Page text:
repeat pattern of brains

Why changing habits feels so hard and why that's a good thing

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Changing bad habits can feel difficult – but this feeling is actually a good thing and can help you achieve your fitness goals. Our Head Strong columnist Kimberley Wilson explains…

Motivation may be a great tool for getting you started in your journey towards your fitness goal, but it’s liable to fall short before getting to your final destination. Nowhere is this better illustrated than at New Year’s. The 2nd of February has (rather uncharitably) been dubbed by fitness app Strava as ‘Quitter’s Day’, as they claim it’s the day when those who have made new (particularly health-based) resolutions are most likely to quit. Data from health insurer Bupa also reports that 66% of UK adults broke their New Year’s resolutions within a month or less. My guess it that these people aren’t suffering from a lack of motivation; they just overestimated the power of motivation to propel them to their goal.

When motivation doesn’t work, there’s more that you can do to strengthen your resolve: conserve brain energy. Here’s why…

ENERGY & THE BRAIN

The first thing you need to know is that your brain uses up a disproportionate amount of energy for its size. Although it accounts for only about 2% of your total body weight it uses up around 20-25% of your energy when your body is at rest. So, your brain is incredibly hungry but, unlike the rest of your body, it doesn’t have the means to store energy; it needs a constant supply of energy to work well. 

This means your brain is very sensitive to energy demands and it is always trying to find ways to save energy. But here’s the thing: any kind of new skill or habit you want to adopt, whether that’s learning French or taking up Tango, requires the development of new neural pathways in your brain. It’s like laying down new train track to get to a different part of town – you need the materials (nutrients), a skilled crew (healthy brain cells) and energy to make it happen. 

There are two important takeaways here:

1. Your brain will resist investing energy in these new pathways. It will try to fall back on the tracks that are already available, ie your old habits. Falling back into your old ways doesn’t mean that you don’t want it enough or that you lack will power; it’s just your brain trying to save energy.

2. The energy it takes to lay down new tracks is what is perceived psychologically as ‘effort’. This means that the point at which you start to feel that you are having to try with that French revision is the point at which your brain is changing. Effort is what it feels like when your brain is getting stronger.

When trying to achieve fitness goals, people often get stuck when feelings of effort are thought of as something negative. There’s a misconception that if you want something badly enough, then the change will come easily to you  – that the universe will fall into place without you having to really try. So when things get tough, you might interpret this effort as a sign that things are wrong or that you are not up to it, and this is where motivation begins to fail. However, if you understand effort as the hallmark of change then it becomes a positive signal that you are heading in the right direction.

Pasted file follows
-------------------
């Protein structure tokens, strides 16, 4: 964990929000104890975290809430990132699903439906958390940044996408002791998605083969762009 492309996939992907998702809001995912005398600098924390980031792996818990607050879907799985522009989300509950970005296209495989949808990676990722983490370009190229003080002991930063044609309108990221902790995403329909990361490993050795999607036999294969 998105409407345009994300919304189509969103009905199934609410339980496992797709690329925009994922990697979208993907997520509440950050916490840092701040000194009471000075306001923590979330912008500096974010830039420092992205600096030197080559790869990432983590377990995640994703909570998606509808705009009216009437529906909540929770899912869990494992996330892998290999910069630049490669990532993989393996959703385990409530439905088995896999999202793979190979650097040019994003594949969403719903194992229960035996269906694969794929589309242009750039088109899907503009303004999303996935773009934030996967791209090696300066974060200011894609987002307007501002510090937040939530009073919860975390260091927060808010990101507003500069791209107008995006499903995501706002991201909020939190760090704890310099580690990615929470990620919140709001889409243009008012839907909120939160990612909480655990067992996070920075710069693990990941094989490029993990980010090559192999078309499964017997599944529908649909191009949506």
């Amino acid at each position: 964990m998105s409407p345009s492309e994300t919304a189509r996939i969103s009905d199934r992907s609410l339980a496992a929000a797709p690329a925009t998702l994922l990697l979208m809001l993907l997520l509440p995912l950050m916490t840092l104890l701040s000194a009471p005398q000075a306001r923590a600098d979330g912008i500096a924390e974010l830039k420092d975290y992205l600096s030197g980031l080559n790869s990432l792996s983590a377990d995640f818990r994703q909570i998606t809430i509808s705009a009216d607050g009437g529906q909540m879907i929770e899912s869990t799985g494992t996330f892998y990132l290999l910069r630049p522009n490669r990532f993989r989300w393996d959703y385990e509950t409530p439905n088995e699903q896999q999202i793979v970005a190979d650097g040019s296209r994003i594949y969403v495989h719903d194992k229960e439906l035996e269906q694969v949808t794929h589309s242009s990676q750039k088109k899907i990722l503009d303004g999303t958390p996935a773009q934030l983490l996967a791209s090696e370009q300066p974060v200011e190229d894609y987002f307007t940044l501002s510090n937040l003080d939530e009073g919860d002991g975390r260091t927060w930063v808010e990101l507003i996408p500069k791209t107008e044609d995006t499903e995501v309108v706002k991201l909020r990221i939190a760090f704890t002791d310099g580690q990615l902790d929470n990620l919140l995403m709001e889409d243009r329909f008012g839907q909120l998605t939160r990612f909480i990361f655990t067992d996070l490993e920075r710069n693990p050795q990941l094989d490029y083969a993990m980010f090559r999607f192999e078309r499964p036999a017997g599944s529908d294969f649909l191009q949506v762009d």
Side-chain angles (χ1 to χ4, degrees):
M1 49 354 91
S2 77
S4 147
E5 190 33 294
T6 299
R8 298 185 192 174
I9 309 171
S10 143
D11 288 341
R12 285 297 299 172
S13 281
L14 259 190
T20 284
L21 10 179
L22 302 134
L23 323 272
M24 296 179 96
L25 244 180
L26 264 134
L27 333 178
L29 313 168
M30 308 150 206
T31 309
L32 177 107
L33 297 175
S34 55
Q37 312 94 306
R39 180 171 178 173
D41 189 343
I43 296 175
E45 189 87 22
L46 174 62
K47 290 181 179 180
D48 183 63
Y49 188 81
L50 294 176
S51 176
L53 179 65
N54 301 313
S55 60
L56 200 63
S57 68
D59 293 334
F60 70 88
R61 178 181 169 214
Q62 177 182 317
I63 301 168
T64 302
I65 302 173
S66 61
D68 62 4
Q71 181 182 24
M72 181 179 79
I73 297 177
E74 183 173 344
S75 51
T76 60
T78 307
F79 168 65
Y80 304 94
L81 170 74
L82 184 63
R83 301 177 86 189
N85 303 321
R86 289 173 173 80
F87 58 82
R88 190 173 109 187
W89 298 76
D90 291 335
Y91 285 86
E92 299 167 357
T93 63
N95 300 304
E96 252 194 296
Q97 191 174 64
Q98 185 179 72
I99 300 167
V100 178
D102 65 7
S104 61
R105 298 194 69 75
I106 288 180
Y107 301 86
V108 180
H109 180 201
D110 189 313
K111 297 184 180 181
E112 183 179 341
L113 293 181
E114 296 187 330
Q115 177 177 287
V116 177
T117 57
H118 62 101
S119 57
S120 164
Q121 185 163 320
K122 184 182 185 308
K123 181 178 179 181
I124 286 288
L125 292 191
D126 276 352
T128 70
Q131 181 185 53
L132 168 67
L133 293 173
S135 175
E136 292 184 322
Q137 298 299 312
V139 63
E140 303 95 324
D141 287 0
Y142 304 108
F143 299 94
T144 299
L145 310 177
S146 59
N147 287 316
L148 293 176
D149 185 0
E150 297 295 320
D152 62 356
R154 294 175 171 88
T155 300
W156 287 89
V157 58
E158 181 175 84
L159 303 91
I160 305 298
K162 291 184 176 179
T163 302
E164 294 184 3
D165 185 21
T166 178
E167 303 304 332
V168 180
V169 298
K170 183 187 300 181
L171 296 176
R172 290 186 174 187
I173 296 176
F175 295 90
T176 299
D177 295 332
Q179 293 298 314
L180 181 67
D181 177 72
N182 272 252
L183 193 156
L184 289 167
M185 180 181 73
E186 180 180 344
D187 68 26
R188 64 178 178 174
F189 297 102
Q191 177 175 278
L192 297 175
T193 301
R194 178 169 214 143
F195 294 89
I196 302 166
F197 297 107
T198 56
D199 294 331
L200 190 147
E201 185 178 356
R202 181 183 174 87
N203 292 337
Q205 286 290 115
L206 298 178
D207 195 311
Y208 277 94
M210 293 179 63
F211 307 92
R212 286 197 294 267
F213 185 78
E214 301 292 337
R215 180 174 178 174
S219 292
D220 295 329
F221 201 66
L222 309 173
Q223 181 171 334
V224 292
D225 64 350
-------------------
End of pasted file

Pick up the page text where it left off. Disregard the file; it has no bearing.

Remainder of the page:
Importantly, there are a couple of caveats to this principle. First, there is a threshold. After a certain point, extensive effort becomes stress and excessive stress is harmful to the brain and body. Secondly, adequate rest is an essential feature of the system. Rest and sleep both prime the brain for effort (learning) and help to consolidate the new information.

How does this information influence how you think about change? First of all, it should make you more resilient to the vicissitudes to motivation. You know motivation will wane (that’s just biology) so you’ll need to put something more reliable in place in order to have a fighting chance of overcoming your brain’s inbuilt desire to stay exactly the same. In addition, arming yourself with the knowledge of what laying down new pathways in your brain feels like will make you tougher. You will be less likely to be discouraged, instead understanding the experience of effort as a positive signal, that things are changing and you have, in fact, got this.

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IMAGE: Getty 

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Kimberley Wilson

Chartered psychologist Kimberley Wilson is our Head Strong columnist, one of our resident experts from the Strong Women Collective and author of How to Build a Healthy Brain. She’s passionate about caring for our mental health through evidence-based nutrition and psychological therapy – and loves discussing how you can train your mindset to become stronger in body and mind.

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